2015 Virginia Dare Chardonnay Russian River Valley – A brisk and minimally oaked chardonnay, this lemon-scented wine offers a touch of marshmallow character and some butterscotch to sweeten up the proceedings — but ample acidity on the back end tempers the wine and gives it some length. B+ / $20

2015 Francis Ford Coppola Reserve Chardonnay Dutton Ranch-Jewell Vineyard – This is a bold and buttery chardonnay, but it finds balance in notes of pear and cinnamon-dusted apple, and crisp minerality that gives it a more acidic edge than expected. A squeeze of lemon lifts up the finish. A- / $38

2015 Francis Ford Coppola Chardonnay Director’s Cut Russian River Valley – A super-buttery and woody expression of chardonnay, though notes of grapefruit and allspice lift it out of that overly obvious experience and give it some acidity to grab onto. B+ / $17

2015 Francis Ford Coppola Pinot Noir Director’s Cut Russian River Valley – A moderate to dense pinot noir, this wine features a spicy nose that gives way to a considerably fruit-forward core, featuring brambly blackberry, cherry, and more baking spice layered into it. Slightly on the sweeter side of the aisle, it’s nonetheless a crowd-pleaser (despite the unorthodox bottle choice). B+ / $20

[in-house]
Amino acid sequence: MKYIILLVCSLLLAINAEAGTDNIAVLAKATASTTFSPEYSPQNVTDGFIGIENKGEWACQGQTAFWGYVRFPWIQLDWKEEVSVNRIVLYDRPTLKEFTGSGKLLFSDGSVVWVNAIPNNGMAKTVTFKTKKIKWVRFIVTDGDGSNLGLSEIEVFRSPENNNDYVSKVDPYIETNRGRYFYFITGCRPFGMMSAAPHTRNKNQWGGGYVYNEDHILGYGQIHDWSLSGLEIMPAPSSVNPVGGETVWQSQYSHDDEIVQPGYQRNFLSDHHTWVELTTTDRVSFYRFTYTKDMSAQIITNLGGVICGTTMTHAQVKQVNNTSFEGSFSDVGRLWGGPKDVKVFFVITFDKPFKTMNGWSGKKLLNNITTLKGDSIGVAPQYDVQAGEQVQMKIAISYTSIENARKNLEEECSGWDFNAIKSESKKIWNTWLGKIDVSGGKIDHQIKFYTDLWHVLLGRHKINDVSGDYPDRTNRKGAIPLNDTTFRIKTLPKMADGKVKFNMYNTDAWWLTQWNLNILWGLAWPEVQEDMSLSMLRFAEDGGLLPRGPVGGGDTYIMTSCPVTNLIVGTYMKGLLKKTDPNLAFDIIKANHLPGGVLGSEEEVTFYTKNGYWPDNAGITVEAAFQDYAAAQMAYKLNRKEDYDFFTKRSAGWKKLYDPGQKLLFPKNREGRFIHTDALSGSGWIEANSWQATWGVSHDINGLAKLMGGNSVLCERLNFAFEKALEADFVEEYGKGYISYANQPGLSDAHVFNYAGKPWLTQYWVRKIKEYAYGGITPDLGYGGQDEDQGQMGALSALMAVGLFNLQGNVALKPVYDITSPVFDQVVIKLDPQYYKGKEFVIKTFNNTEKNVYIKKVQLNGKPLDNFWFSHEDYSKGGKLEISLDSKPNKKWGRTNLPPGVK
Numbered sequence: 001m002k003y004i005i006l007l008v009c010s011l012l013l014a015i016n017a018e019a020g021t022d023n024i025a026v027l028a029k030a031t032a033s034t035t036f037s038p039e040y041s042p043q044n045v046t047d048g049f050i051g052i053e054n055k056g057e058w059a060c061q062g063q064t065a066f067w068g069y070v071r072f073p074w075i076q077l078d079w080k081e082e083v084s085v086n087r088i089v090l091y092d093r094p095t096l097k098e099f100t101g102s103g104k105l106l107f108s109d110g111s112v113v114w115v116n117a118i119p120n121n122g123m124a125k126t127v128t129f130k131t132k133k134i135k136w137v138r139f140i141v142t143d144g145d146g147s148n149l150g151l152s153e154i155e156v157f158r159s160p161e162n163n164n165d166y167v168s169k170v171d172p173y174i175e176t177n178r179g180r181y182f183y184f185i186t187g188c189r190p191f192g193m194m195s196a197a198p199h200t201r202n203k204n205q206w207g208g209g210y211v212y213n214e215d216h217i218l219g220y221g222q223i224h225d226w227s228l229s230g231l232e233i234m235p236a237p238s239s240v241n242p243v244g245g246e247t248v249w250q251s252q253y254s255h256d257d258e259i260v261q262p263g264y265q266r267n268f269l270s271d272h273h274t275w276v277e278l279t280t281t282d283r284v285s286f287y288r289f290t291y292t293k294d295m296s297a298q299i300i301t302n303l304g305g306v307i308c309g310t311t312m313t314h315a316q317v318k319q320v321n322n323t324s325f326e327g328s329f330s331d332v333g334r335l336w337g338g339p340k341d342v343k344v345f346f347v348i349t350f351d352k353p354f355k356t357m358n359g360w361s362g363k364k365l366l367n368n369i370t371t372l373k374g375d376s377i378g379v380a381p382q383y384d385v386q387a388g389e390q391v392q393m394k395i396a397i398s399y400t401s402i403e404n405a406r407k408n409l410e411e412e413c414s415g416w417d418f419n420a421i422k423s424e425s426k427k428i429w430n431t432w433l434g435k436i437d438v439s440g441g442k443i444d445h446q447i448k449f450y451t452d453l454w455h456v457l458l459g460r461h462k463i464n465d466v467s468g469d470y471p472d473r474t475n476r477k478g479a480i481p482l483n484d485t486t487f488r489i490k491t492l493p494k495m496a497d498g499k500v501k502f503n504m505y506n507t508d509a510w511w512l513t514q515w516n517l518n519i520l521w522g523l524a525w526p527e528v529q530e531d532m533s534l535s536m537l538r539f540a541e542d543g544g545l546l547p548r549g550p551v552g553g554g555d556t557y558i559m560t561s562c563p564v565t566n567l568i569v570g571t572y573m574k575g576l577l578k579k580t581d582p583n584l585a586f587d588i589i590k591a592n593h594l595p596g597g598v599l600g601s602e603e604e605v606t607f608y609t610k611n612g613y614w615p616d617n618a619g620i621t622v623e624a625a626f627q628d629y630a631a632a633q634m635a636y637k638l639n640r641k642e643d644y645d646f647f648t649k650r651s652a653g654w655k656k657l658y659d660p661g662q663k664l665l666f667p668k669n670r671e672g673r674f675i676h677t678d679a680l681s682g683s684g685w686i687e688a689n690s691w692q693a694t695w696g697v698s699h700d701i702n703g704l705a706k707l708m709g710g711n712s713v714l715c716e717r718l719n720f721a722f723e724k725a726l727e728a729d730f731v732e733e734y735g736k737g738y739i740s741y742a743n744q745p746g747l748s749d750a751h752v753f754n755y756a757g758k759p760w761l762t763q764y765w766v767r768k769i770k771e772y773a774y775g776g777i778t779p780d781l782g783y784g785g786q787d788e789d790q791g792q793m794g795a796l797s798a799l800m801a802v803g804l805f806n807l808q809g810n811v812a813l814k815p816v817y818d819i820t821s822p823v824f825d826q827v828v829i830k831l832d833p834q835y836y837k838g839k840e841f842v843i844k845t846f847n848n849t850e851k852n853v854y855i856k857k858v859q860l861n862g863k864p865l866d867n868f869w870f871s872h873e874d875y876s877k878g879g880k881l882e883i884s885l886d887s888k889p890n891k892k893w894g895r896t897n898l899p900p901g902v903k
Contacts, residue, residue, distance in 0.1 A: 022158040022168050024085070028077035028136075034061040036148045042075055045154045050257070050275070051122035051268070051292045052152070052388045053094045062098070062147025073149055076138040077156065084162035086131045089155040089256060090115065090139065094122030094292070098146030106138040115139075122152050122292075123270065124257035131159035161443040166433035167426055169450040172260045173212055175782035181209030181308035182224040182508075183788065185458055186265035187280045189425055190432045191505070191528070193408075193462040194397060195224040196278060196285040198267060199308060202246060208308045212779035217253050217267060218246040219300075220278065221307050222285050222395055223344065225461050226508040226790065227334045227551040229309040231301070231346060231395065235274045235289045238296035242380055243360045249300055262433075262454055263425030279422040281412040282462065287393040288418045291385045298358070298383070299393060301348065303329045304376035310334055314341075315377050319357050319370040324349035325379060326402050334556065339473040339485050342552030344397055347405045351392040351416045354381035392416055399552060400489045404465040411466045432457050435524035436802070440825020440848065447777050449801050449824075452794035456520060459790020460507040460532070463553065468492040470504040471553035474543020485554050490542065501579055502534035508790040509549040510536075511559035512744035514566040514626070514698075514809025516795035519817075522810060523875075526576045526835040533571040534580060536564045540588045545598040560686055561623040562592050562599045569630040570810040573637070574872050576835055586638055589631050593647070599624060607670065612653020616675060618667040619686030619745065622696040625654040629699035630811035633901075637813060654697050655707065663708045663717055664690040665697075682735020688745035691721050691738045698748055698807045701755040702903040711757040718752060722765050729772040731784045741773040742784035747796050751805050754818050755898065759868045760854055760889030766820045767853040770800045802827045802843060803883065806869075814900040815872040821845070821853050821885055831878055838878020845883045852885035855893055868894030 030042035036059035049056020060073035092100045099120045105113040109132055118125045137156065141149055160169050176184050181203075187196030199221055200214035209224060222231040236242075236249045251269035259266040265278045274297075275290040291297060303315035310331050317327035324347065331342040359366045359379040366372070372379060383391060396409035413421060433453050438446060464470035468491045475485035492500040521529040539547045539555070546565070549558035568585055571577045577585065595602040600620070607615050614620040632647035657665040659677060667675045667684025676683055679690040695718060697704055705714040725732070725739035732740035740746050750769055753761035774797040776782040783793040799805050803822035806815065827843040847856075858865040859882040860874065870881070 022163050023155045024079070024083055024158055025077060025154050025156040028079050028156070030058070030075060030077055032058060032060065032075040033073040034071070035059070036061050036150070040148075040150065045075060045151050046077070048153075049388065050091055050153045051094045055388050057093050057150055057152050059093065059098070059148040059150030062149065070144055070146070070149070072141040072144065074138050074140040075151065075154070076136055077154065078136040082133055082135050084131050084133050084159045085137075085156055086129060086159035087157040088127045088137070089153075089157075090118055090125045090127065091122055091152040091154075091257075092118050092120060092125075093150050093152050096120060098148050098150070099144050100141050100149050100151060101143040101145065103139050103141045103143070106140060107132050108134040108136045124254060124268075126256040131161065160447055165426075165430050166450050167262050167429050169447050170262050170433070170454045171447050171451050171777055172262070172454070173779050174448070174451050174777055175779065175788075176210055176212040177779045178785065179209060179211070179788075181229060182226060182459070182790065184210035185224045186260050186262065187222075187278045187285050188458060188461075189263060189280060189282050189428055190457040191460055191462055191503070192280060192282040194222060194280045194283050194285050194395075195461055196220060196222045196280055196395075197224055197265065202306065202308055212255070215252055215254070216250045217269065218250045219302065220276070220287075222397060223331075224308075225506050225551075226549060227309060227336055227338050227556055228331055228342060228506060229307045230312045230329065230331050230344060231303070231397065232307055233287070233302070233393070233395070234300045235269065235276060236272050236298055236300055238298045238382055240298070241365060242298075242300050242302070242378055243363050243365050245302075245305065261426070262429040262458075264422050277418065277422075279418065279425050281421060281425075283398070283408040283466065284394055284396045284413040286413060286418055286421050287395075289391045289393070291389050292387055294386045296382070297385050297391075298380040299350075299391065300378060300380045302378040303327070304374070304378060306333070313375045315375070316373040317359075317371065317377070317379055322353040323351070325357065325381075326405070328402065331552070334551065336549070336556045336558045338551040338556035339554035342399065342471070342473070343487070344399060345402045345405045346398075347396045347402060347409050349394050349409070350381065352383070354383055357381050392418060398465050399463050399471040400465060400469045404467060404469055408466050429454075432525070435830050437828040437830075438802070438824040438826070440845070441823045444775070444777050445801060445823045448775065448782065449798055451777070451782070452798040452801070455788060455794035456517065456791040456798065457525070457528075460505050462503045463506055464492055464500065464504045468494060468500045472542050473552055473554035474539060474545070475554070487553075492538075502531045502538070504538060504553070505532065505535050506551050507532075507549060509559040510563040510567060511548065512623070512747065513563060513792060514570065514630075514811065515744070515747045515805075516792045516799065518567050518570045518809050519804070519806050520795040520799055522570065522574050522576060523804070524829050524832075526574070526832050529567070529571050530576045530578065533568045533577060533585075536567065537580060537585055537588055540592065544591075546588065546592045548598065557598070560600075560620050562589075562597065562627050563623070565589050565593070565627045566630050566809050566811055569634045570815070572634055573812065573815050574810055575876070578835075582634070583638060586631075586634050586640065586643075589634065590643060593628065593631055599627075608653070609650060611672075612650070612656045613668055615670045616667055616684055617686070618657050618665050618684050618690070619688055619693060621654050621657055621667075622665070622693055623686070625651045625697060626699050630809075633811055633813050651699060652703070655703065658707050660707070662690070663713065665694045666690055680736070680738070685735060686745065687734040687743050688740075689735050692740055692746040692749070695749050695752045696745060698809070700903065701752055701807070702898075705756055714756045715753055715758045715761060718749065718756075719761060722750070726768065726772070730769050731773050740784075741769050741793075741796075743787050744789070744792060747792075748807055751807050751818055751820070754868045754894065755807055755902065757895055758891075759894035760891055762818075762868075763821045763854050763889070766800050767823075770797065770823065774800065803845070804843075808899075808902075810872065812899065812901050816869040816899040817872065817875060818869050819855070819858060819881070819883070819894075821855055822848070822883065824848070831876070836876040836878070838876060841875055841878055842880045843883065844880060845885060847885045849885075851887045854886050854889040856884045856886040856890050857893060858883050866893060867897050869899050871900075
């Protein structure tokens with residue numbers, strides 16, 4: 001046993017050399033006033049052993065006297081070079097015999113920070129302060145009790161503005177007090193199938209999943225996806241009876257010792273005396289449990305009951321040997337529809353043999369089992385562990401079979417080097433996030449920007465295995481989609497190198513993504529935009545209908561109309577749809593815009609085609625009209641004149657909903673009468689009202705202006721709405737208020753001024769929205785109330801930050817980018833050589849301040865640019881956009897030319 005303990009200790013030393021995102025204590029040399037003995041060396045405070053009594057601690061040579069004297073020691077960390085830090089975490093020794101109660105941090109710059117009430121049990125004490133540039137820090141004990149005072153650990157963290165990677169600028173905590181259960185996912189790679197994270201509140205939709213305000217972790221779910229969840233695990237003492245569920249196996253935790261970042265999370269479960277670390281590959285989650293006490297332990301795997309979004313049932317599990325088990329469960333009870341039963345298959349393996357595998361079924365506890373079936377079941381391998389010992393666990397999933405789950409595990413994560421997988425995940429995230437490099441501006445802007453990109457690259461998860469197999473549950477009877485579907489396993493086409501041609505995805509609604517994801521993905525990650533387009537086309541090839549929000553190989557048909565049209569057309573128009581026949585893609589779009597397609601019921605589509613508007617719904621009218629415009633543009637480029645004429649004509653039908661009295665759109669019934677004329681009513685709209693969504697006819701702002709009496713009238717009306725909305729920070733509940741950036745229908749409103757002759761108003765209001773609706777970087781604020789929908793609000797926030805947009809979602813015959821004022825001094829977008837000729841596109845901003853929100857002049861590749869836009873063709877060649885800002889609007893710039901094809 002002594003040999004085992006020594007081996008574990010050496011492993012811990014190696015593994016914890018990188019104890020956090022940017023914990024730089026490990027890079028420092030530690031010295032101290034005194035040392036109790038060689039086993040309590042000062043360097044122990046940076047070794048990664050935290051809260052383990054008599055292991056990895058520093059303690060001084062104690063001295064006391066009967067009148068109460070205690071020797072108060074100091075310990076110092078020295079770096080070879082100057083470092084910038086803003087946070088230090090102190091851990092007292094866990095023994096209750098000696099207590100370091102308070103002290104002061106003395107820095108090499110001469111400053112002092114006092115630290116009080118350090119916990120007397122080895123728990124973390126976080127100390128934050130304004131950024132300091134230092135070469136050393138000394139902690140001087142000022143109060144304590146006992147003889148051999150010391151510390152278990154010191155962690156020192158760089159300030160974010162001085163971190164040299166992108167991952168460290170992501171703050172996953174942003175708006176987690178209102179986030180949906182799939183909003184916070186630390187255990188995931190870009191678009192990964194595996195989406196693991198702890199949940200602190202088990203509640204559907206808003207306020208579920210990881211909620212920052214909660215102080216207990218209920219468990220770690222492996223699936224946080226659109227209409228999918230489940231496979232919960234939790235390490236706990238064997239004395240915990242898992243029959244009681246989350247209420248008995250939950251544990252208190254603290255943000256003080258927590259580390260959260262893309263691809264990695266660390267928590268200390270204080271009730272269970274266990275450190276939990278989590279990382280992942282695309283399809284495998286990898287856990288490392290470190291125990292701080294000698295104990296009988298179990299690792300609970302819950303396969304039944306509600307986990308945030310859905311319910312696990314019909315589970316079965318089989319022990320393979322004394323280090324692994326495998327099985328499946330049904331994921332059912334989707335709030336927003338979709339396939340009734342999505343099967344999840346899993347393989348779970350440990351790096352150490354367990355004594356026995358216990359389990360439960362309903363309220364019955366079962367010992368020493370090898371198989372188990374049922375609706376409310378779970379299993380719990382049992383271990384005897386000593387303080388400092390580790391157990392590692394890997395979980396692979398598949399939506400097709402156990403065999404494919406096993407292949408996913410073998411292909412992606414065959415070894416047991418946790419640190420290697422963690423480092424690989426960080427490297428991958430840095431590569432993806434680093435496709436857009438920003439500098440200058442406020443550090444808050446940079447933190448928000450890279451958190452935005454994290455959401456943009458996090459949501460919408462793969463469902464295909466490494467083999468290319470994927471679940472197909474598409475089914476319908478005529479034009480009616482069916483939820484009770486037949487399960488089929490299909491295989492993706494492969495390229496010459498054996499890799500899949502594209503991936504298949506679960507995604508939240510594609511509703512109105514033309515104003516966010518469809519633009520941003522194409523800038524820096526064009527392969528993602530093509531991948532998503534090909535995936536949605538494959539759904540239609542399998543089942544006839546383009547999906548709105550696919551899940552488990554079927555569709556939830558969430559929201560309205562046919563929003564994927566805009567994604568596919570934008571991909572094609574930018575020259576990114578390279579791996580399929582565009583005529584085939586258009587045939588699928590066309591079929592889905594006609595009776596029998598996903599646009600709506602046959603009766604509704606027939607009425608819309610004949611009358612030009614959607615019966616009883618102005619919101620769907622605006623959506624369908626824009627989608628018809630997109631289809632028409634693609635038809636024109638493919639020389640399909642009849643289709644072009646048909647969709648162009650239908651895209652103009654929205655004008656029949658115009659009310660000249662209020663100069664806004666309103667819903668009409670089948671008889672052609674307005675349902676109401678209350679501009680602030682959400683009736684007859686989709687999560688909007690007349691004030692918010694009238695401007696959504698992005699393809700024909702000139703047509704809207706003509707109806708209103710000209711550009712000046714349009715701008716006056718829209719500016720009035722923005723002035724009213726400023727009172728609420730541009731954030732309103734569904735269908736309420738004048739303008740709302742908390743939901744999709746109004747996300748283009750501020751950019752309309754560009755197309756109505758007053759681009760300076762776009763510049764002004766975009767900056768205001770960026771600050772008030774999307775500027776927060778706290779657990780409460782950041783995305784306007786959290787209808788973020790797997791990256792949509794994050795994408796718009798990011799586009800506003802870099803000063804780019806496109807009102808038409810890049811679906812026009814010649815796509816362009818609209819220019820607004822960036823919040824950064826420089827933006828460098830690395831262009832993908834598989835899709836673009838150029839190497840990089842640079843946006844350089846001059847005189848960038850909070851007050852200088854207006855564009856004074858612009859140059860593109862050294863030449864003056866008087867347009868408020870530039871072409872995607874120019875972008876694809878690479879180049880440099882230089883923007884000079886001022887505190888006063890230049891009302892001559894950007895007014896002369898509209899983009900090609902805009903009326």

2015 Virginia Dare Pinot Noir Russian River Valley – As with the 2014 release, this is a perfectly pleasant pinot that would fit in perfectly well on any table. Ample notes of cherry, cola, and tea leaf give the wine plenty of depth, all atop a body of ample density and power. The finish is lightly spicy and only a touch on the sweet side. All told, this wine deserves a better label than it was given. B+ / $23

2015 Votre Sante Pinot Noir Anderson Valley – Don’t look now but Votre Sante now has an Anderson Valley designation instead of a rotgut California one. It’s a far better wine than before, too, leading with herbs and spice and venturing from there into notes of dried fruits and gentle tannin. A restrained wine, but it’s really quite compelling. A- / $35

francisfordcoppolawinery.com

Review: Galliano L’Aperitivo